Time to dive into Darren Aronofsky’s twisted and powerful “Requiem for a Dream”.
Requiem for a Dream is a 2000 drama film directed by Darren Aronofsky and starring Ellen Burstyn, Jared Leto, Jennifer Connelly, and Marlon Wayans. The film is based on the novel of the same name by Hubert Selby, Jr., with whom Aronofsky wrote the screenplay. Burstyn was nominated for an Academy Award for Best Actress for her performance.
Requiem for a Dream exposes four paralleled individuals and their menacing addiction to heroin, cocaine, and diet pills (speed). Taking place in Brooklyn amidst the waning Coney Island, the drugs are very easily obtained and keep each main character in its cycle of dependence. The protagonist Harry Goldfarb is your typical heroin junky with an ambitious plan of “Getting off hard knocks,” with help from his cocaine crazed girlfriend Marion and his long time friend Tyrone. Meanwhile his widowed mother is obsessed with the glamor of television and eventually finds her way to a dietitian who pushes her into the cycle of drug induced enslavement.
The look of the film is extremely stylized, but justifiably so. Aronofsky uses surreal imagery as a vehicle for realism, something that really works when done well, and done well it was. By using a combination of slow and fast motion shots, extreme close-ups and more edits than you can shake a stick at, Aronofsky successfully brings the audience into the world and mind of someone with a drug problem. The audience visually experiences first-hand what it is like to be ‘scared’ or ‘high’ – all this in 3rd person; all this in the comfort of the theatre chair.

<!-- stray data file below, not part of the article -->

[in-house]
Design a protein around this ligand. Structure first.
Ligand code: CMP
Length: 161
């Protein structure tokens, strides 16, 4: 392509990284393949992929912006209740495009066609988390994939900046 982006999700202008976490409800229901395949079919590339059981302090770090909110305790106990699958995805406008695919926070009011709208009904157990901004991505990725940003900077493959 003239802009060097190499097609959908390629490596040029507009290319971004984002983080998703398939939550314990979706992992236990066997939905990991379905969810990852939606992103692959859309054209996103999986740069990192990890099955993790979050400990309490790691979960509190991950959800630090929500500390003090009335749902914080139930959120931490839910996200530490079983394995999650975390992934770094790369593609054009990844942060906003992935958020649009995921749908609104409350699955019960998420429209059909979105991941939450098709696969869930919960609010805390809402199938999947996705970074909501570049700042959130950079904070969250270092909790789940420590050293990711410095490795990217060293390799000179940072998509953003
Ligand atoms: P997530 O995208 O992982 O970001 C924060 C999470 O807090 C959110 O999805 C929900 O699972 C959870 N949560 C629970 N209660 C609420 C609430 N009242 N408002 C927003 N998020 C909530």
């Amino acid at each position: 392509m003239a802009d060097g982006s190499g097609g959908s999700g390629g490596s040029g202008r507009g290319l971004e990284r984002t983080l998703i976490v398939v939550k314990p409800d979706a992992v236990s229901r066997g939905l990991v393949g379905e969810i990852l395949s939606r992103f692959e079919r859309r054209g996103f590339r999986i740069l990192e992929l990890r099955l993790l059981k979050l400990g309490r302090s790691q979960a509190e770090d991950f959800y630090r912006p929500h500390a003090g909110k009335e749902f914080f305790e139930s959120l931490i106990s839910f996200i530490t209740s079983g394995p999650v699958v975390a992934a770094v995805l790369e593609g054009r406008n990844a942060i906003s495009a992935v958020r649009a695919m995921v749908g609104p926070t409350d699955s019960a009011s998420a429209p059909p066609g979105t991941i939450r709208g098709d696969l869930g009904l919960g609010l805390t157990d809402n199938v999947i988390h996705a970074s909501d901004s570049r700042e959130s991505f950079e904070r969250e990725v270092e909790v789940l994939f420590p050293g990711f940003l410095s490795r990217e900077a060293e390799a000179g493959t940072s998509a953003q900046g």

Of course, all of this effort would be in vain if it didn’t mean anything at the end. The film leads the audience down a spiral of addiction until the grand finale, which features a montage of graphically intense scenes and images with more edits per second than any film. The pacing at the end, when compared to earlier parts of the movie, was so fast I started to find it hard to keep up, and literally took my breath away as the credits came up. All in all, the effect was amazing, and something that I have not personally experienced when watching any film before.
At times, the film seemed more like an acid trip than a feature film. A cry for help is clearly felt throughout the film, from its innocent and promising start, to its hauntingly chilling conclusion. The one scene that really blew me away was the scene where Marion (played by Jennifer Connelley) had just sold her body off for a bag of heroin…As she walks out the door of the apartment, along the corridor, into the elevator, down to the street: one can’t help but feel the characters disgust with herself, filthy to the core, what it must feel like at…”ZERO”(rock bottom). The acting performances, especially by both Ellyn Burstyn and Marlon Wayans are simply breakthrough performances that earned critical acclaim across the board.
As the title indicates, “Requiem for a Dream” does not contain a happy ending. It is in no way optimistic, and only gives the audience faint pieces of hope and happiness. However, It does show what desperate people are willing to do, and how desperation will change someone’s life to its entirety. It is in the recognition of desperation where hope lies.
5 templar crosses out of 5
Ellen Burstyn as Sara Goldfarb
Jared Leto as Harry Goldfarb
Jennifer Connelly as Marion Silver
Marlon Wayans as Tyrone C. Love
Christopher McDonald as Tappy Tibbons
Mark Margolis as Mr. Rabinowitz
Louise Lasser as Ada
Marcia Jean Kurtz as Rae
Sean Gullette as Arnold the shrink
Keith David as Big Tim
Dylan Baker as Southern Doctor
Ajay Naidu as Mailman
Ben Shenkman as Dr. Spencer
Hubert Selby, Jr. as Laughing Guard
Darren Aronofsky as Visitor (Uncredited)